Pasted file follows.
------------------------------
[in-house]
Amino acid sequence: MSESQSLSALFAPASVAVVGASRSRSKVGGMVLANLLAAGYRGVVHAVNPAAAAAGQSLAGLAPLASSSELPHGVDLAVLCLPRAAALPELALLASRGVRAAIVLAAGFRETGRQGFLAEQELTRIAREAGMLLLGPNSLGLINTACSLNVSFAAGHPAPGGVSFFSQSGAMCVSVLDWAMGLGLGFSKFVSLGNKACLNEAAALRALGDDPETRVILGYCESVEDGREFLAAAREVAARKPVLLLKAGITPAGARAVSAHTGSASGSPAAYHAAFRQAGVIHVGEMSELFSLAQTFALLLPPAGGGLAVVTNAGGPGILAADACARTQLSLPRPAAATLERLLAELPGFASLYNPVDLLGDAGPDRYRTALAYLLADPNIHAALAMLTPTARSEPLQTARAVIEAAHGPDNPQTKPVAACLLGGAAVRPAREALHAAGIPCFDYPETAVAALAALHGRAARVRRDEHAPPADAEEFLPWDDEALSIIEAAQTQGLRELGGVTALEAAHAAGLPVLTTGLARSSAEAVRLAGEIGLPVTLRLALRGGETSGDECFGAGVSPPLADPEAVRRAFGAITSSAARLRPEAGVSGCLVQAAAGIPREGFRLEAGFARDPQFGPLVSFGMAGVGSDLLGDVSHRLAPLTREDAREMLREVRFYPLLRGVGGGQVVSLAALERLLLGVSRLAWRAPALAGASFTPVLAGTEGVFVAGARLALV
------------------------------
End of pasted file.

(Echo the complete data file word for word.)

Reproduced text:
[in-house]
Amino acid sequence: MSESQSLSALFAPASVAVVGASRSRSKVGGMVLANLLAAGYRGVVHAVNPAAAAAGQSLAGLAPLASSSELPHGVDLAVLCLPRAAALPELALLASRGVRAAIVLAAGFRETGRQGFLAEQELTRIAREAGMLLLGPNSLGLINTACSLNVSFAAGHPAPGGVSFFSQSGAMCVSVLDWAMGLGLGFSKFVSLGNKACLNEAAALRALGDDPETRVILGYCESVEDGREFLAAAREVAARKPVLLLKAGITPAGARAVSAHTGSASGSPAAYHAAFRQAGVIHVGEMSELFSLAQTFALLLPPAGGGLAVVTNAGGPGILAADACARTQLSLPRPAAATLERLLAELPGFASLYNPVDLLGDAGPDRYRTALAYLLADPNIHAALAMLTPTARSEPLQTARAVIEAAHGPDNPQTKPVAACLLGGAAVRPAREALHAAGIPCFDYPETAVAALAALHGRAARVRRDEHAPPADAEEFLPWDDEALSIIEAAQTQGLRELGGVTALEAAHAAGLPVLTTGLARSSAEAVRLAGEIGLPVTLRLALRGGETSGDECFGAGVSPPLADPEAVRRAFGAITSSAARLRPEAGVSGCLVQAAAGIPREGFRLEAGFARDPQFGPLVSFGMAGVGSDLLGDVSHRLAPLTREDAREMLREVRFYPLLRGVGGGQVVSLAALERLLLGVSRLAWRAPALAGASFTPVLAGTEGVFVAGARLALV